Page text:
“Clyde recently had a stress test done at one of the best hospitals in Portugal. Hospital Particular do Algarve is a JCI-accredited hospital in Faro. He was attended to by two technicians and the doctor who performed the treadmill test where leads were attached to his chest and his heart was carefully monitored on a computer screen. The cost for all of this would have been $237 if he had paid out of pocket, but just $15 with health insurance. In the U.S. this would have cost thousands of dollars.”

Although Portugal does not offer much in the way of discounts to retirees, the cost of purchasing some things here is so low there’s often no need for further discounts. Order a cup of espresso at most any cafe and pay less than $1. Often that price will include a pastry like the famous custard tart called “pastel de nata,” or a croissant. Sample some of what Portugal is known for, delicious wine that comes in a variety of colors like red, white, green, and sparkling versions for just a few euros.

“Order the prato do dia, or meal of the day, for lunch at a reduced rate in restaurants throughout the country. We have paid as little as $4.50 in smaller regional towns. Even for a vegan, macro-biotic, plant-based meal in the higher-priced cities in the Algarve, this special set menu can be had for around $10. This includes tea, soup, and a main course. Our favorite lunch spot in Albufeira, called “The Alfarroba Cafe”, serves this guilt-free option that is always delicious,” says Terry.

“Clyde and I love to explore, and Portugal has so much to see and do at discount prices. We can explore castles and receive reduced entry fees as retirees. Sometimes the regular prices are so low that at the discount price we would pay less than €1.

“Stroll through an assortment of museums throughout the country and receive discounts from 20% to 50%. Museums featuring art, ceramics, horse-pulled coaches, traditional Portuguese tiles, lace making, history, maritime, oriental, traditional Fado music, archeology, railways, military, or just about anything else you can imagine.

“Bus travel in Portugal is clean, efficient, and speedy. Whenever we needed to go to the airport from our home in Caldas da Rainha, we would take an express bus. We could purchase the tickets online and show up at the scheduled departure time. For a cost of around $7 for my husband who is over 65 and $9 for me, we could take an express bus to Lisbon. The one-hour trip took the same amount of time it would have taken for us to drive, but without paying for tolls and gas. From the bus station we would take an inexpensive Uber for just a few dollars to the airport,” says Terry.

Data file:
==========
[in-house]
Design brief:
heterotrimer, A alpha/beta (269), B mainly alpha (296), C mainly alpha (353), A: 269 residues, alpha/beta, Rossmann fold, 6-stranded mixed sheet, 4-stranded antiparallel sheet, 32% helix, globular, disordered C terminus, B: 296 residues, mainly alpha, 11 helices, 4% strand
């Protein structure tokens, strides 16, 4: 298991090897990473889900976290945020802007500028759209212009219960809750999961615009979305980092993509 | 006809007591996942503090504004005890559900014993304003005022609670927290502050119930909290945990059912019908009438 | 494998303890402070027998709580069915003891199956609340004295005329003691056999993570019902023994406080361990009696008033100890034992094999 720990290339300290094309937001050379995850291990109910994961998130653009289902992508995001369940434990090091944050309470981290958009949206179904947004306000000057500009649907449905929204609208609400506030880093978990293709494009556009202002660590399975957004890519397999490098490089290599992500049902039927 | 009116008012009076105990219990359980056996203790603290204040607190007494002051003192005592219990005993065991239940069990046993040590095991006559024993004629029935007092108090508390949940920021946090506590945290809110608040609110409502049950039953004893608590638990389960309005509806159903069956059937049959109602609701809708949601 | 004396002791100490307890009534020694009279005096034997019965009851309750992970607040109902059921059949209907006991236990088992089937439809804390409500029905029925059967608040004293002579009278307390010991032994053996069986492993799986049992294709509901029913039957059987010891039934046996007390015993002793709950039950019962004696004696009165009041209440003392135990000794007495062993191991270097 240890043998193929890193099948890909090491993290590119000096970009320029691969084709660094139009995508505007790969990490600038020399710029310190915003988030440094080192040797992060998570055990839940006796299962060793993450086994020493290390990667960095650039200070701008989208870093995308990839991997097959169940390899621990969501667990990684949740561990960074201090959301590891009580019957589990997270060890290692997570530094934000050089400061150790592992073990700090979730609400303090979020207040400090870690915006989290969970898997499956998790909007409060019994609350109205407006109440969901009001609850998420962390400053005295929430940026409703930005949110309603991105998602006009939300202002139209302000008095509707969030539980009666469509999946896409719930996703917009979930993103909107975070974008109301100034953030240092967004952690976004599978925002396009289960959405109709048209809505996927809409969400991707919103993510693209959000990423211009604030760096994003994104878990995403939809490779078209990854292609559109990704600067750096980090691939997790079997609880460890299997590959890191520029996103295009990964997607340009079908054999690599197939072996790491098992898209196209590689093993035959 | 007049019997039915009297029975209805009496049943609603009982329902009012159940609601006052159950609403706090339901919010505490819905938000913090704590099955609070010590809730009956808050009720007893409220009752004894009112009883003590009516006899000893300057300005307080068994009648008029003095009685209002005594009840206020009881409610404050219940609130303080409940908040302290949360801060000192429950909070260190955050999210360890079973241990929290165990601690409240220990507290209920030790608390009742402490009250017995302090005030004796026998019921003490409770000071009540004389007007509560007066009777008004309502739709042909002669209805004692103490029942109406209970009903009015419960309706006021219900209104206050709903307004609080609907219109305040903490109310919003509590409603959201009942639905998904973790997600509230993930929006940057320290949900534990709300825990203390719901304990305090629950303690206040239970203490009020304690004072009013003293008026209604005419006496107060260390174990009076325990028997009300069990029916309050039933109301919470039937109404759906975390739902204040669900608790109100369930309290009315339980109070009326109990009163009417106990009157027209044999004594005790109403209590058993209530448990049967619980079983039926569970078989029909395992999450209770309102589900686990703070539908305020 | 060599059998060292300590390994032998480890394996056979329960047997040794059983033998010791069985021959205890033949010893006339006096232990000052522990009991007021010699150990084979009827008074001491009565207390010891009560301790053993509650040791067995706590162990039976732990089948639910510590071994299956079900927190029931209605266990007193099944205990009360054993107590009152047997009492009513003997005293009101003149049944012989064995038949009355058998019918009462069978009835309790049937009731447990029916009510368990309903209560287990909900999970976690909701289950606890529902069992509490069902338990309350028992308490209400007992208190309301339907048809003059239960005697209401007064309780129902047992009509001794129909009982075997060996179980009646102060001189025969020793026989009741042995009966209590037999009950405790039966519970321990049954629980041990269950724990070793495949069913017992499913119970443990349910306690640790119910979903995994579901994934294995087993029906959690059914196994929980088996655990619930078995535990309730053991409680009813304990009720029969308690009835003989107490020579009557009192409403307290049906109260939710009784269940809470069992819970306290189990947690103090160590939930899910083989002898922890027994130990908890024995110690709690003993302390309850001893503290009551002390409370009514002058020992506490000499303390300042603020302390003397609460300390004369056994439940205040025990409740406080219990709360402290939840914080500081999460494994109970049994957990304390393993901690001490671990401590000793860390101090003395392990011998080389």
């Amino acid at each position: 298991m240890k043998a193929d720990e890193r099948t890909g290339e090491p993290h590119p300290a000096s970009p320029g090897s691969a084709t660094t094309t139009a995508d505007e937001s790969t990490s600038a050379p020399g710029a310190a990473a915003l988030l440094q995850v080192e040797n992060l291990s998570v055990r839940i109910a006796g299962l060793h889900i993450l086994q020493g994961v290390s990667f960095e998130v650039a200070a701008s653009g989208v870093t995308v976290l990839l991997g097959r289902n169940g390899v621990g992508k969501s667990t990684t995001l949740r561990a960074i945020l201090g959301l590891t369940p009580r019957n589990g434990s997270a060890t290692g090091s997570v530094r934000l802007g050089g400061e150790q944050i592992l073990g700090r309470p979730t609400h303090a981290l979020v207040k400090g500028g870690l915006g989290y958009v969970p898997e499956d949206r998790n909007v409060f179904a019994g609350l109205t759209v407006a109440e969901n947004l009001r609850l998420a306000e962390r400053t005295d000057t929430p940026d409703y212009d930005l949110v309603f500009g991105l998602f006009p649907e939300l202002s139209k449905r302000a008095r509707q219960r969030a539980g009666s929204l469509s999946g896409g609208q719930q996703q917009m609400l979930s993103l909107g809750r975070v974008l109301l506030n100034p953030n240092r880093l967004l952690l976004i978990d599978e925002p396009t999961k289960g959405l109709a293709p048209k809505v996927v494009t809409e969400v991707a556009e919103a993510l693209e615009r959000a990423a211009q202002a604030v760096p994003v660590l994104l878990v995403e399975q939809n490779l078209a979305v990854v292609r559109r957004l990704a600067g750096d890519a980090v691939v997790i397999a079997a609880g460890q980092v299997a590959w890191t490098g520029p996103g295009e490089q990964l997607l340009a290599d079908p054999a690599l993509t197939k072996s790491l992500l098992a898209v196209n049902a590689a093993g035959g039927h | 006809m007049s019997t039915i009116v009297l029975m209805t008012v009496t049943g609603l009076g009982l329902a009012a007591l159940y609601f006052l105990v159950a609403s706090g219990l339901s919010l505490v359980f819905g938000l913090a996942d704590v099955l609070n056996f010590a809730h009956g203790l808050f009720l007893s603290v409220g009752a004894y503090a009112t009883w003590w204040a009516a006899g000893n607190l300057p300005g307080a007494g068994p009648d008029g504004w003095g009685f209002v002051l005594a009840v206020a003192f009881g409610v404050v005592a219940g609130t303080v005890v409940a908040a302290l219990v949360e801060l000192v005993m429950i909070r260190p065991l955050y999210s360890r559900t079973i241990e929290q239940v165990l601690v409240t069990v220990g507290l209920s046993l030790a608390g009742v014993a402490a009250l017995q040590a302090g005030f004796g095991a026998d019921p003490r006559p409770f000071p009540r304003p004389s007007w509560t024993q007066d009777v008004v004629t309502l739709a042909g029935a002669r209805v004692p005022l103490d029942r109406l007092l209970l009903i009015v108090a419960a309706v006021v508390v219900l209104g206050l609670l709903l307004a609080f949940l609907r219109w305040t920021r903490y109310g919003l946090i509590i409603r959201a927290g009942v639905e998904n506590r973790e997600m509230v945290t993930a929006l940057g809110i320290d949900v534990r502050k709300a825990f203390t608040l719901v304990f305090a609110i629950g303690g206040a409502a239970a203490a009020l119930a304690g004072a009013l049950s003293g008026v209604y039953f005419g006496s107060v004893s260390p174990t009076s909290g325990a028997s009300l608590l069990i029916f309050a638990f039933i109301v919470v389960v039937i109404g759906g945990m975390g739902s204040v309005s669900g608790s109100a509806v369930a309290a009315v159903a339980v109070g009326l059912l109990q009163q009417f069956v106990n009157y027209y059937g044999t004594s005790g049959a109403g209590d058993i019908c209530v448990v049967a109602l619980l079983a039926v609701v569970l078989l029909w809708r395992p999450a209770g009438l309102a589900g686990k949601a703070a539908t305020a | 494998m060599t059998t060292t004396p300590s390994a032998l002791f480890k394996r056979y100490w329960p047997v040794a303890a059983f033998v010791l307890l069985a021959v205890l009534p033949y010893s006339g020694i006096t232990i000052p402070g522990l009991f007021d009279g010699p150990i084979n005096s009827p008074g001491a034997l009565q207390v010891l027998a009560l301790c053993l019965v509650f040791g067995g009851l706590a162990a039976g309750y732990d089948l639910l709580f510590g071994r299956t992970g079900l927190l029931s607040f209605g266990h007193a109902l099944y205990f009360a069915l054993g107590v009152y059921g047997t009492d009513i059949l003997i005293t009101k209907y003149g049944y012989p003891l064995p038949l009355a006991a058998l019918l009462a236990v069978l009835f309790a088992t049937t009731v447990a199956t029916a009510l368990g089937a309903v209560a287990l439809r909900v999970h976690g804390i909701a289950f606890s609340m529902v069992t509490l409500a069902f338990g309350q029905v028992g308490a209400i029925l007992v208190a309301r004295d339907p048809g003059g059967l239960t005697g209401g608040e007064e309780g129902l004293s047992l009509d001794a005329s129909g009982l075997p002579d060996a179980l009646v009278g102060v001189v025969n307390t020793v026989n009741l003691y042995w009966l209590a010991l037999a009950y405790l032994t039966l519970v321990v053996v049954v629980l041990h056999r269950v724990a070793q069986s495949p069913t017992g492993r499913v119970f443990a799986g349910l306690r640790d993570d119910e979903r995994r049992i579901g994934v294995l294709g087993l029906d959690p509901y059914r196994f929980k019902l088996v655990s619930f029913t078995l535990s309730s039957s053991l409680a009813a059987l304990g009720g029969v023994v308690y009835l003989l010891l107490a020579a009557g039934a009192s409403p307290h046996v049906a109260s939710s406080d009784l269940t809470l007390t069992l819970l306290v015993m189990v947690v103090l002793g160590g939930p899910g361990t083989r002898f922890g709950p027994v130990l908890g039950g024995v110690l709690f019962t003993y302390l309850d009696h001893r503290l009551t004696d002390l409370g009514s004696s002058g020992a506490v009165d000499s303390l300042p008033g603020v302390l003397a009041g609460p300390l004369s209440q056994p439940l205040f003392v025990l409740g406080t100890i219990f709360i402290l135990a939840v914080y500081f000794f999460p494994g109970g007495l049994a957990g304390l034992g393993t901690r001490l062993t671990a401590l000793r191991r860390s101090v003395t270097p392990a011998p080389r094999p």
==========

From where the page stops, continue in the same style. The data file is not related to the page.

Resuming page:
For long-distance trains from one major city to another, retirees in Portugal can save a whopping 50% off the regular price. Others can also take advantage of big discounts on train travel when booking the ticket online at least five to seven days in advance.

Train travel throughout Europe is efficient, fun, and economical. For those that prefer to live without a car in major cities like Lisbon or Porto, retirees can buy passes that offer reduced rates on all public transportation. Even in smaller cities public transport can be found. Buses, taxis, Uber, Bolt, and bicycle and scooter rentals offer even more options.

3. Costa Rica

©iStock/holgs

Costa Rica is a country where the older generation is treated with respect by custom, and practices like head-of-line privileges at banks and government offices are inscribed in the law. There is also a government program available to those age 65 or older which offers discounts on a variety of products and services.

“Being viejo, or old, is a rite of passage, a badge of honor in Costa Rica,” says Kathleen Evans, IL Costa Rica Correspondent. “Seniors can enjoy privileges such as going to the front of the line (any line), enjoying special early-hour shopping, free bus rides, and the use of the Ciudando de Oro or Golden Citizen card offered through the CCSS Social Security (Caja Costarricense de Seguro Social or simply known as the Caja).”

The Ciudando de Oro card offers discounts from 2% to 20% on everything from over-the-counter medications to groceries to eyeglasses to clothing. You have to be 65 or older, and have Costa Rican residency to qualify. Since the pandemic, the program also offers free virtual courses—especially helpful to seniors who have been cautiously spending more time at home to avoid infection. The online classes (in Spanish) are on a variety of topics such as phycological health, technology, legal rights, empowerment, and restorative medical health.

“Even without legal residency, some expat community restaurants will offer a ‘local night’ discount to townspeople of all ages—where food and drinks can be as much as 25% less than regular prices. Cash discounts are fairly common in general for tours, small hotels and hostels, markets and small stores, etc. So, it never hurts to ask for the tico price,” says Kathleen.